Wednesday, August 20, 2008
Over at Fortune, Geoff Colvin, senior editor at large, weighs in with the next big financial crisis: "We made it through the bursting of the Internet bubble and now the bursting of the real estate bubble. Next we may be approaching the end of the most worrisome bubble of all: the standard-of-living bubble."
"Since credit card debt has been growing much faster than the economy -- more than 8% in last year's third and fourth quarters and over 7% in May (the most recent month reported) -- people are apparently using it as a substitute for income. Thus, for the past year or so we have still maintained the standard-of-living illusion."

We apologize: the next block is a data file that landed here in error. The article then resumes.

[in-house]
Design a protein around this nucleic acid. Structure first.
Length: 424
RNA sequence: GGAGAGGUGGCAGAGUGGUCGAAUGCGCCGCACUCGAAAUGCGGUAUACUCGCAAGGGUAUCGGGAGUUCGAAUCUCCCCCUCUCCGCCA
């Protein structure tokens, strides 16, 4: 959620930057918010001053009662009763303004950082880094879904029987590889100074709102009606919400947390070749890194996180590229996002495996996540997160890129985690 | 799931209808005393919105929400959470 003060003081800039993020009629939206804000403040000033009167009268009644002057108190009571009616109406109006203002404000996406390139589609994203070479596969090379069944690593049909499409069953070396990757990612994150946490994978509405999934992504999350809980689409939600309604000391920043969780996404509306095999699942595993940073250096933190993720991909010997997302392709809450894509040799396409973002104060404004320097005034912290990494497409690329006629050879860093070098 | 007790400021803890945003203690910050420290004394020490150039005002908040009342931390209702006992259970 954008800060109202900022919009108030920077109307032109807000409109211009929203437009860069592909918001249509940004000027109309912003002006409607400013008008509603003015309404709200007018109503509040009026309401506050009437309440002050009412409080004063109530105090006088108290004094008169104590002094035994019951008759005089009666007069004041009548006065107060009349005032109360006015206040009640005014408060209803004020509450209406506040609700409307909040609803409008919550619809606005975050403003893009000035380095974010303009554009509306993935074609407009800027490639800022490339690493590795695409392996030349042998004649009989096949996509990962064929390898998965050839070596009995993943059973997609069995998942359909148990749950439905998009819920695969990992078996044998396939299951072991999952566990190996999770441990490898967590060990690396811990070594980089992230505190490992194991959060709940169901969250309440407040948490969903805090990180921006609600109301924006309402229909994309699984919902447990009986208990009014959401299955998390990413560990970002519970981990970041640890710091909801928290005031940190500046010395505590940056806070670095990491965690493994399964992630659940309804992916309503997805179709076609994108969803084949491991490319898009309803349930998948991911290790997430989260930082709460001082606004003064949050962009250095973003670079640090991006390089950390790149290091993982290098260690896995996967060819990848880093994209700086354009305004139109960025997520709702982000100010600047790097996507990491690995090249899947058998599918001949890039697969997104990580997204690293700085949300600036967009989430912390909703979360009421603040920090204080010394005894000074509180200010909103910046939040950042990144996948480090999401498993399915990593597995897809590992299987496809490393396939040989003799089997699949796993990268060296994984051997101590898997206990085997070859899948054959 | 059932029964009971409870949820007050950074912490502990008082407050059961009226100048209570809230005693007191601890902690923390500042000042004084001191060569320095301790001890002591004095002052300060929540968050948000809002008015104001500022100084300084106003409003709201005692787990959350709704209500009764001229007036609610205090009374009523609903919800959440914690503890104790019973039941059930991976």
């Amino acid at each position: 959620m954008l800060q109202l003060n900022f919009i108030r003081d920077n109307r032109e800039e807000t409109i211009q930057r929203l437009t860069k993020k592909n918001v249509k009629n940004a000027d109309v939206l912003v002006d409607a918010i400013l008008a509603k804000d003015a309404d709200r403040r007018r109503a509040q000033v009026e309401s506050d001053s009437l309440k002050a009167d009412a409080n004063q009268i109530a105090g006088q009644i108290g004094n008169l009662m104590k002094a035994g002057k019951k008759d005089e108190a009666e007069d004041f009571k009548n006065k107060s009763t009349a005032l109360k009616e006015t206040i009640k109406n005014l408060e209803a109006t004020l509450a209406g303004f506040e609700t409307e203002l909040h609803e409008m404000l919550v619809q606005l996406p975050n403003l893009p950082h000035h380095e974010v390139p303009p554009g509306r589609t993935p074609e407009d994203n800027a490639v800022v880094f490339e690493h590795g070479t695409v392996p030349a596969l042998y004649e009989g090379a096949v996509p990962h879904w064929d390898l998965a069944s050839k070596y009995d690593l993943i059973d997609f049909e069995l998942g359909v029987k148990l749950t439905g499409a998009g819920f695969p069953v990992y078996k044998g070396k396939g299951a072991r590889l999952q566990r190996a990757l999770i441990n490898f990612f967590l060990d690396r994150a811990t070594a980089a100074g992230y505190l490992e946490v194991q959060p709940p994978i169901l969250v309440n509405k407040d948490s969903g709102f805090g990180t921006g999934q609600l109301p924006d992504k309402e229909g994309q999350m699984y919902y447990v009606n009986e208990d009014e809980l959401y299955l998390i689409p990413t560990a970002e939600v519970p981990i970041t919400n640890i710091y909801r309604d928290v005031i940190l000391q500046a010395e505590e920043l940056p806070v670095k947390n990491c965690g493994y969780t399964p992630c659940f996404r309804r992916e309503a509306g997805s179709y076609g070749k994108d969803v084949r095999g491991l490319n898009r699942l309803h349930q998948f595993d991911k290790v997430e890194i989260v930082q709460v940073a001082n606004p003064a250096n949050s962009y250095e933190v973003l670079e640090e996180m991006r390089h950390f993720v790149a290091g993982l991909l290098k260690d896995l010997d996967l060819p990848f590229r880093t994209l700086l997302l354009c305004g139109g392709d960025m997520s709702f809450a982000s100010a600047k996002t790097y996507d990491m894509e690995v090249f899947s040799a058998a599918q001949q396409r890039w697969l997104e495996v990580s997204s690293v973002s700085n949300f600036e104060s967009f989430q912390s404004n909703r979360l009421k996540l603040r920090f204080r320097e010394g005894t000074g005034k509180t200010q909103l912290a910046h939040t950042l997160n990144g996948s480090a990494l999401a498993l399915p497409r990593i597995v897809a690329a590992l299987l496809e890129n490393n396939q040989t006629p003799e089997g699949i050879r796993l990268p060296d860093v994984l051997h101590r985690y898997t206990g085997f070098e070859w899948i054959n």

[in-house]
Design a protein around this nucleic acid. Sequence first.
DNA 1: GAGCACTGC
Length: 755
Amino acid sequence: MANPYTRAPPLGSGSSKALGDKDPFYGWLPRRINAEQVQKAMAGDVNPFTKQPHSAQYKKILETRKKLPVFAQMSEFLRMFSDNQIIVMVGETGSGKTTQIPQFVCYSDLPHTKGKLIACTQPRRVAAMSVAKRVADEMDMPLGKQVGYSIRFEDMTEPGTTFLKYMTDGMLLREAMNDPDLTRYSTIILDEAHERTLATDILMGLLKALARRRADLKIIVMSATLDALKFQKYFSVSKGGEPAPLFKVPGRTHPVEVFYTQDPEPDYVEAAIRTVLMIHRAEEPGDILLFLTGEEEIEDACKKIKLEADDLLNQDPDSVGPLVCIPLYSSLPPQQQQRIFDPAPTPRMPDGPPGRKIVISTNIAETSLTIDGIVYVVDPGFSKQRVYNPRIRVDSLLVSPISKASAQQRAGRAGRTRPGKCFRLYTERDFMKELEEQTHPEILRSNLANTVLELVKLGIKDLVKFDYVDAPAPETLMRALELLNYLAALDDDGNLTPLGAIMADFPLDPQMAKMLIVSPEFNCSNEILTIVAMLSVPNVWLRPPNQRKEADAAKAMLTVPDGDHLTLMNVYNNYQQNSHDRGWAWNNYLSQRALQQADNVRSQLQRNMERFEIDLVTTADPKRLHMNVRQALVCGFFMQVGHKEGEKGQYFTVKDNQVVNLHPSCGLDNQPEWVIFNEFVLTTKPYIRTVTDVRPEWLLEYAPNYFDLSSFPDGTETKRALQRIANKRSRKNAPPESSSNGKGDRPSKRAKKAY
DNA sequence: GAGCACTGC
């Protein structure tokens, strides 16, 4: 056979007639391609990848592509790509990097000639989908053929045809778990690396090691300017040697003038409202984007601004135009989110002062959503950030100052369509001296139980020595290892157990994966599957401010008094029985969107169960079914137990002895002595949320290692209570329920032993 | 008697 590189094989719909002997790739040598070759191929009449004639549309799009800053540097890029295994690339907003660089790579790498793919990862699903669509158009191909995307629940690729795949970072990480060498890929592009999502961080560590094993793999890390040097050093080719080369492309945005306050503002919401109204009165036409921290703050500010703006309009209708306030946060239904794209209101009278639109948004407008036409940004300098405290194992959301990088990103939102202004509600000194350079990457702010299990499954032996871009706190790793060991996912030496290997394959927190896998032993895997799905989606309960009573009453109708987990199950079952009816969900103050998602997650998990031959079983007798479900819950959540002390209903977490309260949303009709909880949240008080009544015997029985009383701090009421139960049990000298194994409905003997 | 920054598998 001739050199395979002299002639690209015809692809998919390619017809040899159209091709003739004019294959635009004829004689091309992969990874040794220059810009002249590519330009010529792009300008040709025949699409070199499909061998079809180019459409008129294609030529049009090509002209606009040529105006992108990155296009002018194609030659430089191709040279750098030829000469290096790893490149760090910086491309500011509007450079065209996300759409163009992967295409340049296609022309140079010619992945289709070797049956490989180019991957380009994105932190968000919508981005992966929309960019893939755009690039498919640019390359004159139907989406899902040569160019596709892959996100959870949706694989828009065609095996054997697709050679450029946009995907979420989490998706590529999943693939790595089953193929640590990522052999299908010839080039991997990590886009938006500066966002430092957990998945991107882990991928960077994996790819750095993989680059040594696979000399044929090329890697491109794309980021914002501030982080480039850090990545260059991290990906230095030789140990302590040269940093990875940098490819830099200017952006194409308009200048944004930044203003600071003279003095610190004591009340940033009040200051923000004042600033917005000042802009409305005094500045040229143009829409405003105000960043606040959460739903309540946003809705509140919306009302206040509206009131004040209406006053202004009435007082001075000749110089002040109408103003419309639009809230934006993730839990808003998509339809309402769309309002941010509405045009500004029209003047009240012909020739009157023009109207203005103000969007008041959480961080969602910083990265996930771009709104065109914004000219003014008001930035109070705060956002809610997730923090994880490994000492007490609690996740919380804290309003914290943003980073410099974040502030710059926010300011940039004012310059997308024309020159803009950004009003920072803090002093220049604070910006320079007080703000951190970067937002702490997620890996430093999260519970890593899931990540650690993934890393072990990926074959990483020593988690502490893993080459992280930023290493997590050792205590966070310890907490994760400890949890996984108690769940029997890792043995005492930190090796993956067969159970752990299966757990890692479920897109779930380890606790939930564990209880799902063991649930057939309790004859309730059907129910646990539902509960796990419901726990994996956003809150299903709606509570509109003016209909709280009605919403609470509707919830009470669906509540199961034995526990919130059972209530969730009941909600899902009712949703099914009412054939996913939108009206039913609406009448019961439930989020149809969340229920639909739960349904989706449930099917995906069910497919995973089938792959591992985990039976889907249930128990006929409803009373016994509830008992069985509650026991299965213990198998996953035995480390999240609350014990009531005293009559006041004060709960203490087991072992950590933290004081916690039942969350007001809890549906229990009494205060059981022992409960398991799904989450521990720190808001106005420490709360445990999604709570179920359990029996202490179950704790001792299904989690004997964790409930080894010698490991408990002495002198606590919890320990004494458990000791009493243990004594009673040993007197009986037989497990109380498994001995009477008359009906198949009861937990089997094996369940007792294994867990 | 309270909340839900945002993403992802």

"Sustainable increases in living standards have to be earned, not borrowed, and that means performing ever higher value work that can't be outsourced. We haven't been meeting that challenge very well; doing so will probably require much more and better education for millions of Americans, which takes time and money. The result may feel like deprivation, but I don't see it that way. Who knows -- we might even find that living within our means and saving a little money actually isn't so bad."